Unlike most immunisations, rotavirus isn’t given by injection. It's given by mouth (orally) as a liquid. If the baby's sick immediately after the immunisation, the vaccine will be given again.
What vaccine is used?
The Rotarix Oral Applicator is routinely used in Scotland.
How many doses of the vaccine does a baby need?
To get the best protection, a baby should get 2 rotavirus immunisations, 4 weeks apart. The first is given at 8 weeks and the second at 12 weeks of age.
As they get older, some babies (about one in a thousand) get a condition that causes a blockage in their lower gut. It's extremely rare before 3 months of age and most cases occur between the ages of 5 months and 1 year. However, there's a very small chance (around two in every hundred thousand babies vaccinated) that the first dose of the vaccine might also cause this blockage to develop. To reduce this risk, the first dose of the vaccine must be given before 15 weeks of age and babies should have the second dose 4 weeks later, and before 24 weeks. If a child missed either immunisation, speak to your health professional.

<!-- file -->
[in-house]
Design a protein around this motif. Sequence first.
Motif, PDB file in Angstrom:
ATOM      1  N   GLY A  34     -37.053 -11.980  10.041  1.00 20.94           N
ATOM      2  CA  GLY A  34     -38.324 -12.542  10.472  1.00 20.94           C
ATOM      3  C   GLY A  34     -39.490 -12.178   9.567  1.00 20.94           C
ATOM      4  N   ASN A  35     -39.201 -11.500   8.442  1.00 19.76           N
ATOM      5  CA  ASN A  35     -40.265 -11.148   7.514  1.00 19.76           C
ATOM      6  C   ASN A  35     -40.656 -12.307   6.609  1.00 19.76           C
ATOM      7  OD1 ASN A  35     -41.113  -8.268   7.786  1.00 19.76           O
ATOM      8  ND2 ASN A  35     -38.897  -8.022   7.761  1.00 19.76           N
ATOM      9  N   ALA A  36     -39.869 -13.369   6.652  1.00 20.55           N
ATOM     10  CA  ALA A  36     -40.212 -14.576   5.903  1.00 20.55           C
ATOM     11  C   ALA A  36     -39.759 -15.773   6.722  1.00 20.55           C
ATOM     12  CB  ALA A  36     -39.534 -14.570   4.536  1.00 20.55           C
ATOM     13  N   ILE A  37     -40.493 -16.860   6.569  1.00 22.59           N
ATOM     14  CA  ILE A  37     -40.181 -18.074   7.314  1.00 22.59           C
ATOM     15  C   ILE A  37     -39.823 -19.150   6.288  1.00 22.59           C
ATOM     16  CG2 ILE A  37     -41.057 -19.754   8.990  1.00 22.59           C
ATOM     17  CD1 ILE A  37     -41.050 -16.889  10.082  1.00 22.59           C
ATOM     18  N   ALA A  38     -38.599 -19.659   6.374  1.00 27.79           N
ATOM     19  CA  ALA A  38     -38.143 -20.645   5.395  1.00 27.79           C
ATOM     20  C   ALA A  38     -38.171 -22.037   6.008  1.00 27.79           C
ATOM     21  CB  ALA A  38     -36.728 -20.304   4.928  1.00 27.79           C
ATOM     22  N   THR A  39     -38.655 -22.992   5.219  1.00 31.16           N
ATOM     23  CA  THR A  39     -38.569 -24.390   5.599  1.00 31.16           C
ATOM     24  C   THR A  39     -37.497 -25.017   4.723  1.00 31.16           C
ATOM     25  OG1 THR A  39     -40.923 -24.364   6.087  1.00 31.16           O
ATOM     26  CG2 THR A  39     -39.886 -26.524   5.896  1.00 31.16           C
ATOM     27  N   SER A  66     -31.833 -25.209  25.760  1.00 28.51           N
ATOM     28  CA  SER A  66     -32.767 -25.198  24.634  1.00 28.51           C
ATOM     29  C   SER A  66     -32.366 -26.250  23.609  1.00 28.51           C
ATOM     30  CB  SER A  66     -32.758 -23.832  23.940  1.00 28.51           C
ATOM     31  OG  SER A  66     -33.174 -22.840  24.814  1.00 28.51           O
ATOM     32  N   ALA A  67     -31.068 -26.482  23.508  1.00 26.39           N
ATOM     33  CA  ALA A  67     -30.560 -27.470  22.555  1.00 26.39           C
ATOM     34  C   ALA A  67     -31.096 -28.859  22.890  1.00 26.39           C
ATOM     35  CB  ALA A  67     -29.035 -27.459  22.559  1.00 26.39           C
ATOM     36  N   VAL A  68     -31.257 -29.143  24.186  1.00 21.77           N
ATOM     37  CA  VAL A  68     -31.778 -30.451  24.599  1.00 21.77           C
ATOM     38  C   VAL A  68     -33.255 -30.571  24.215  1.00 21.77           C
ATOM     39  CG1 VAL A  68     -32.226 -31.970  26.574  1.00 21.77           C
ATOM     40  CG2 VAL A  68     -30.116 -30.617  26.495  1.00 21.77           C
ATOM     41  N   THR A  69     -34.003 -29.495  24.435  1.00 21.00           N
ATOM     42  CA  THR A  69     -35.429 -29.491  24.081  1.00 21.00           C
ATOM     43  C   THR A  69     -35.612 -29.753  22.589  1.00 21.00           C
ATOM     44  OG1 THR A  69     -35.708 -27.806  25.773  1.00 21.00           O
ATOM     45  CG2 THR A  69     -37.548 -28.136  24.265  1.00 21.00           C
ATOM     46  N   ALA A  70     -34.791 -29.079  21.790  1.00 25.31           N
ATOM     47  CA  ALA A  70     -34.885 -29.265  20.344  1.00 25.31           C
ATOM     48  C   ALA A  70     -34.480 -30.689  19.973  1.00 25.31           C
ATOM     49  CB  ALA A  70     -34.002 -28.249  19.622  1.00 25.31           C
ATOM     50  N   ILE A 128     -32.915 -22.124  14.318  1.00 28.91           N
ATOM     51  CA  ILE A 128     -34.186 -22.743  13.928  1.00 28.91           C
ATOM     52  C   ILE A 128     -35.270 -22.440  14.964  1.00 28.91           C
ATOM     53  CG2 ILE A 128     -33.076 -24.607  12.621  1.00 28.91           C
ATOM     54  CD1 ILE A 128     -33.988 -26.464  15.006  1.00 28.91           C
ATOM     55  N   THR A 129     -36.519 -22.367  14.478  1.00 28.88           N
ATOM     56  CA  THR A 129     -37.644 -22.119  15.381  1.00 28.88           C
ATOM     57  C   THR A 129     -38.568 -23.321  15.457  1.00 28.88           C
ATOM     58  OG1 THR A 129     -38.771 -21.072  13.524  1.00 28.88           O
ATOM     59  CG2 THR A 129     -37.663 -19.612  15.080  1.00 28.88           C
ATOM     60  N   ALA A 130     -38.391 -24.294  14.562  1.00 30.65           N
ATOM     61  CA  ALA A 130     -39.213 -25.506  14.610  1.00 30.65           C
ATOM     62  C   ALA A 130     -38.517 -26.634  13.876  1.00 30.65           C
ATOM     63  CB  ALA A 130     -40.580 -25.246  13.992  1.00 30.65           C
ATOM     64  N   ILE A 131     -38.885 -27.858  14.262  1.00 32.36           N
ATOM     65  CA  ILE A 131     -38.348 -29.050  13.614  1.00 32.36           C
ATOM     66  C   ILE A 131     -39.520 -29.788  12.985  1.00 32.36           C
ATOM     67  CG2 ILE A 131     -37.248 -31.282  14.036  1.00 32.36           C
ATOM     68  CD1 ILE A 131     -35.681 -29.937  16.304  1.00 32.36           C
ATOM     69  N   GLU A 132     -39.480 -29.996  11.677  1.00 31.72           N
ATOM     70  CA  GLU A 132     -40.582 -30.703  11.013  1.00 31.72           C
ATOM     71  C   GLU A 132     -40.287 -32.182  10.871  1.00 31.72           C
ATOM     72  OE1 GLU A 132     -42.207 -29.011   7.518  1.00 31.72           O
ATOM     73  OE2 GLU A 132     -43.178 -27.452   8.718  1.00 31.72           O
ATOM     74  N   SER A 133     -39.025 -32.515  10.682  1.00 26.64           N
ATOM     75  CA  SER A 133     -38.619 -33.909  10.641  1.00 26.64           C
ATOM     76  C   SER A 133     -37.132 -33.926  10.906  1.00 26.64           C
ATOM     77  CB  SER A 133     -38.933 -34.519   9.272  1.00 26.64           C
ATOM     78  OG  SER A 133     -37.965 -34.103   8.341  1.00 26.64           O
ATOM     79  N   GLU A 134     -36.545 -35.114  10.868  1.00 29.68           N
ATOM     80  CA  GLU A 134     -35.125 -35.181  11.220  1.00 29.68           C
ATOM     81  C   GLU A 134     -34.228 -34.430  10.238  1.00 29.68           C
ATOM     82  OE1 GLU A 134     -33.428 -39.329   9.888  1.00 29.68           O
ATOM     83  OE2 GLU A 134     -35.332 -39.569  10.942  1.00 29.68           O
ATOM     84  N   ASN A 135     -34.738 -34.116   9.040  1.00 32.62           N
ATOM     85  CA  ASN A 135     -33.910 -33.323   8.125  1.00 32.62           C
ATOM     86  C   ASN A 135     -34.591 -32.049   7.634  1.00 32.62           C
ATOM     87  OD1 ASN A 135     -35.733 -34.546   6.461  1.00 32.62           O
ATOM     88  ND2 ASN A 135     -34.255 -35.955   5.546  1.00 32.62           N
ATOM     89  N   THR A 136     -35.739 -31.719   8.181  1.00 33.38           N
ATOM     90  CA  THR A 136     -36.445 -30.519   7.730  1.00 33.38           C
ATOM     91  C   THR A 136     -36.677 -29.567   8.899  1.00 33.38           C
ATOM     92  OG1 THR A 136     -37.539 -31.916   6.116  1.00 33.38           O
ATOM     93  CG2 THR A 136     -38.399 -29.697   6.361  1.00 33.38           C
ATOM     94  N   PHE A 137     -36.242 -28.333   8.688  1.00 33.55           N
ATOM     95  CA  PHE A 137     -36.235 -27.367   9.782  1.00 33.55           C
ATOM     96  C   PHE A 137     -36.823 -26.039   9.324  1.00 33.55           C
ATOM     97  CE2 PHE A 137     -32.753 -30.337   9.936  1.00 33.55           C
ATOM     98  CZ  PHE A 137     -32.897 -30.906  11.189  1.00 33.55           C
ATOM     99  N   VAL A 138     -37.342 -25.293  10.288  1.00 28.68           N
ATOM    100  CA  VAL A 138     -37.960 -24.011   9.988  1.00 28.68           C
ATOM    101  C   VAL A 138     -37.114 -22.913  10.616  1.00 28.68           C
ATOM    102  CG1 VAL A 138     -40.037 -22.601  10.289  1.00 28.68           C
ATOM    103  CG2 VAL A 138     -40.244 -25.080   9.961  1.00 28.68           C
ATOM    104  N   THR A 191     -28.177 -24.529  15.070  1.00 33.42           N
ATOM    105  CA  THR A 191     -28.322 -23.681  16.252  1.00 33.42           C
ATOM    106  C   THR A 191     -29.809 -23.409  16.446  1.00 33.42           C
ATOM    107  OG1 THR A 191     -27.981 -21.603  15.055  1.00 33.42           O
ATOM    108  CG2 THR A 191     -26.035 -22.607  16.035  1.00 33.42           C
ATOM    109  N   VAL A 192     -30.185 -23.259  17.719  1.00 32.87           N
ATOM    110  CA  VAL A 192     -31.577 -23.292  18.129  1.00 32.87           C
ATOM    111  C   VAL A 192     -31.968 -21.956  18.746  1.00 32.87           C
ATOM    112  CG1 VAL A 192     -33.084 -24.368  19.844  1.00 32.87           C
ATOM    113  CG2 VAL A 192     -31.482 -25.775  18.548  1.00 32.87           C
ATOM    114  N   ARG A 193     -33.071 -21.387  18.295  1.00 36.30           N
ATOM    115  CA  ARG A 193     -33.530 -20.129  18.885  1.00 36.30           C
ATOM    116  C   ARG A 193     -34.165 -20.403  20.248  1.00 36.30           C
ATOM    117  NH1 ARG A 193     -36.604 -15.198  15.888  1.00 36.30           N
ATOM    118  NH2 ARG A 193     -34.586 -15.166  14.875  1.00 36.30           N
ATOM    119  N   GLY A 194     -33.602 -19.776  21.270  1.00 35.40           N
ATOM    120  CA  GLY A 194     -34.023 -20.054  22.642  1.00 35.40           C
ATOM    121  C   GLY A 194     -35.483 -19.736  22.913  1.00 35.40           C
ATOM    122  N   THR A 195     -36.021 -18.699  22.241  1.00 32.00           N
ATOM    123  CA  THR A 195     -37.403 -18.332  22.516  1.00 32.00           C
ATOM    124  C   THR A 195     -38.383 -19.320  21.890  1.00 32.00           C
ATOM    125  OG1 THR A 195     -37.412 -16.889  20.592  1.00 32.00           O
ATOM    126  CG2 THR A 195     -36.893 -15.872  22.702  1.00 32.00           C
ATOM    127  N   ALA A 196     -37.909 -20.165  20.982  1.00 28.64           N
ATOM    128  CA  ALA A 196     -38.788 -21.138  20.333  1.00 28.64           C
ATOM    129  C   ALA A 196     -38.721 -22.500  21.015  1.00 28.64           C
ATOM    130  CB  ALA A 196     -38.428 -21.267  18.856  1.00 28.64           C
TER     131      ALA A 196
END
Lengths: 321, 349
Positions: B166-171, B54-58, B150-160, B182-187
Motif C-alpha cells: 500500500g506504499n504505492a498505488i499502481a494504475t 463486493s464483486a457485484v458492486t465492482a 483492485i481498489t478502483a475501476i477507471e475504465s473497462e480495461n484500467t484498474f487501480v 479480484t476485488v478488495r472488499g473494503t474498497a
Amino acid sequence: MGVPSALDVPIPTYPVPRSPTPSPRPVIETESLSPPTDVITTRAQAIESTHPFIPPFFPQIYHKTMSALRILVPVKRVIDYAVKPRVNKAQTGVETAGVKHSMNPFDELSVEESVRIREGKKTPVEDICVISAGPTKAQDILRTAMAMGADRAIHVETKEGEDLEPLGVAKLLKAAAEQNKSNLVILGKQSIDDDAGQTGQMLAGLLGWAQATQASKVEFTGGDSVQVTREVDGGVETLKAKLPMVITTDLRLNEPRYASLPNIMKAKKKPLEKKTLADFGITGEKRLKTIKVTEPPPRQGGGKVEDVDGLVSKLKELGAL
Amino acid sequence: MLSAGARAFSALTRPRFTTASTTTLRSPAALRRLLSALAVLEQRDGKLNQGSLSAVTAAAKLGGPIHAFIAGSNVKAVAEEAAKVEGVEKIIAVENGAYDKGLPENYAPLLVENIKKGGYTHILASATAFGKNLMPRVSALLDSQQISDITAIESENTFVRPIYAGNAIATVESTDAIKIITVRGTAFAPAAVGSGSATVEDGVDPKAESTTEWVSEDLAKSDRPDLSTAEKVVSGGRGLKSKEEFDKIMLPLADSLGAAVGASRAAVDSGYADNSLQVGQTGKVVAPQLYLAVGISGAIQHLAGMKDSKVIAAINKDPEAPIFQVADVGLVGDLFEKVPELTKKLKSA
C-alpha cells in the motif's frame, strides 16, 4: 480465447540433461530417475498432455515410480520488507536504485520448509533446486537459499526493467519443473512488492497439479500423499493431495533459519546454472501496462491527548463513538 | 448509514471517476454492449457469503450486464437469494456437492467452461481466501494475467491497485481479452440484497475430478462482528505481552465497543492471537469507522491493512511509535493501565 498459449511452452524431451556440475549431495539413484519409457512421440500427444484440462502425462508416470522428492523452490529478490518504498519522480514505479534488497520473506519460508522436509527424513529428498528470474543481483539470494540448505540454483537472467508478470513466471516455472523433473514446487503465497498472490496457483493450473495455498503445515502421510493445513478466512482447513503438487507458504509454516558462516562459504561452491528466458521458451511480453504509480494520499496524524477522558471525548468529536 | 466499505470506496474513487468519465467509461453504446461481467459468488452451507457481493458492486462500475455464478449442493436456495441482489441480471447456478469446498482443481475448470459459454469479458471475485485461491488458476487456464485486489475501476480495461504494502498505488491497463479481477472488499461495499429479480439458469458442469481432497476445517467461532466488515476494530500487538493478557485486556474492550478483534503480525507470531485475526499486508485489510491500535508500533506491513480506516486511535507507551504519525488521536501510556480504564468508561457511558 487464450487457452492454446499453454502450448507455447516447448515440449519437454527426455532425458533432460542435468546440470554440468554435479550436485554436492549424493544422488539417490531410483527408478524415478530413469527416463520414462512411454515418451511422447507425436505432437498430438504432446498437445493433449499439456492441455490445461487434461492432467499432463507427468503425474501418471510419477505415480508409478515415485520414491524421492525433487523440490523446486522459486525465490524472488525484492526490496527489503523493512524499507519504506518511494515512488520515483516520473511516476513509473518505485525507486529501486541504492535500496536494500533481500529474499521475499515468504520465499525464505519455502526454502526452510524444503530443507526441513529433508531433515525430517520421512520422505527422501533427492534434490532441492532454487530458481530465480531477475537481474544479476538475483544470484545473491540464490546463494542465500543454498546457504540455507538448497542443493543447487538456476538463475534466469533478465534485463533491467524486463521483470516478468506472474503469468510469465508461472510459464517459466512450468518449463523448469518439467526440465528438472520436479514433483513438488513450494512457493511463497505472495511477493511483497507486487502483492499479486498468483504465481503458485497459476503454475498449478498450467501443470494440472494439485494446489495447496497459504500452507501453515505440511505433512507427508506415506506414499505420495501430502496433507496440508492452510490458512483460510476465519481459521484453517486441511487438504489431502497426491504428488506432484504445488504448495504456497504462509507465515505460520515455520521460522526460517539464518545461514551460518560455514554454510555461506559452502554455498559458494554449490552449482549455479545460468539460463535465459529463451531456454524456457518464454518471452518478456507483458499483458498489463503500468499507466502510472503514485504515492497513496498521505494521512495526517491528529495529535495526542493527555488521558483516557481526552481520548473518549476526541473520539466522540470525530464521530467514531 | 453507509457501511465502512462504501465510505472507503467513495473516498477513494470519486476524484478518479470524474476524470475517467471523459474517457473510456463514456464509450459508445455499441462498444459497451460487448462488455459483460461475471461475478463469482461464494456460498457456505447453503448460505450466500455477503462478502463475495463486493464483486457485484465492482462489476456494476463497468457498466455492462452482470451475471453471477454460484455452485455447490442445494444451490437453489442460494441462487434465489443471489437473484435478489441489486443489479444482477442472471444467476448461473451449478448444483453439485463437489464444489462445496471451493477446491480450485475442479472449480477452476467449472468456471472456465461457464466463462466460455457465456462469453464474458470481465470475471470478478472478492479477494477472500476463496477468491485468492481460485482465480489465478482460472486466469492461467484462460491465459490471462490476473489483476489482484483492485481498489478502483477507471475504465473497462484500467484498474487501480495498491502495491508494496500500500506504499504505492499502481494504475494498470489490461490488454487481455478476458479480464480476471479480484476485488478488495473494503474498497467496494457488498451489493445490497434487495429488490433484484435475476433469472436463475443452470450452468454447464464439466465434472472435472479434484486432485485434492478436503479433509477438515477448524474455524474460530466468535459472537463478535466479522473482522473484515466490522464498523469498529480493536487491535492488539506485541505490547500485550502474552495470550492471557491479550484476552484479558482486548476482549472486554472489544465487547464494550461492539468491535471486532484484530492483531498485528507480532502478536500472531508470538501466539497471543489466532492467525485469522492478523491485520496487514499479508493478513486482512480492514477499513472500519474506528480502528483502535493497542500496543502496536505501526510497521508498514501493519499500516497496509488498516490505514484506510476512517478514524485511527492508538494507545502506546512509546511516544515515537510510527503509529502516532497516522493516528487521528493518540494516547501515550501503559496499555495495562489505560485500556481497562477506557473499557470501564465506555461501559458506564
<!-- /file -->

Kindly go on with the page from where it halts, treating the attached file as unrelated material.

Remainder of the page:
How do we know the vaccine is safe?
All medicines (including vaccines) are tested for safety and effectiveness by the Medicines and Healthcare Products Regulatory Agency (MHRA). The vaccine meets the high safety standards required for it to be used in the UK and other European countries. The vaccine has been given to millions of people worldwide.
Once they're in use, the safety of vaccines continues to be monitored by the MHRA.
Are there any reasons a baby shouldn't have the rotavirus vaccine?
There are very few babies who can't receive the rotavirus vaccine.
The vaccine shouldn't be given to babies who:
- have had anaphylactic reactions (severe allergic reaction) to a previous dose of the vaccine or any ingredients of the vaccine
- have certain rare, long-term conditions - for example severe combined immunodeficiency disorder (SCID)